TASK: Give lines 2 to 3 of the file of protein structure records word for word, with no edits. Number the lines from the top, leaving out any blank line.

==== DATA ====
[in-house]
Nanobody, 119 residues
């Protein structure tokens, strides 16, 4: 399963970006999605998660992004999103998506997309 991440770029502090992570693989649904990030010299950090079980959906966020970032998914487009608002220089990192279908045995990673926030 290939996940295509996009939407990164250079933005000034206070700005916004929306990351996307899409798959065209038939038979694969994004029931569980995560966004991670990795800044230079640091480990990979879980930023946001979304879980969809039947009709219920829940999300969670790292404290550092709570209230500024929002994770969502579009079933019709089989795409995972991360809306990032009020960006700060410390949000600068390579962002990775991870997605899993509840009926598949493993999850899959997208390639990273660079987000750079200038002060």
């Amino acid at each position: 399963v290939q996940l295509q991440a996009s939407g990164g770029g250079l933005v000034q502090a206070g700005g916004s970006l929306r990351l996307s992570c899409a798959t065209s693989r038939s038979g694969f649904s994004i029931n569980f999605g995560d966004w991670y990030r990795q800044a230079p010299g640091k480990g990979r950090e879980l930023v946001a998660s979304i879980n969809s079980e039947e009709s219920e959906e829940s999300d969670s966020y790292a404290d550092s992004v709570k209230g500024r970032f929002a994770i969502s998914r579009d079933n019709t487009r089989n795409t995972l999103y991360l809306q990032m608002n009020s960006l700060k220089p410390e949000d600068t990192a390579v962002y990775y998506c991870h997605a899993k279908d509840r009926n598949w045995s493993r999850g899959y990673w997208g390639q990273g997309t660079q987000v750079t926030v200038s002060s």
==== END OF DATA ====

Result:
Nanobody, 119 residues
């Protein structure tokens, strides 16, 4: 399963970006999605998660992004999103998506997309 991440770029502090992570693989649904990030010299950090079980959906966020970032998914487009608002220089990192279908045995990673926030 290939996940295509996009939407990164250079933005000034206070700005916004929306990351996307899409798959065209038939038979694969994004029931569980995560966004991670990795800044230079640091480990990979879980930023946001979304879980969809039947009709219920829940999300969670790292404290550092709570209230500024929002994770969502579009079933019709089989795409995972991360809306990032009020960006700060410390949000600068390579962002990775991870997605899993509840009926598949493993999850899959997208390639990273660079987000750079200038002060």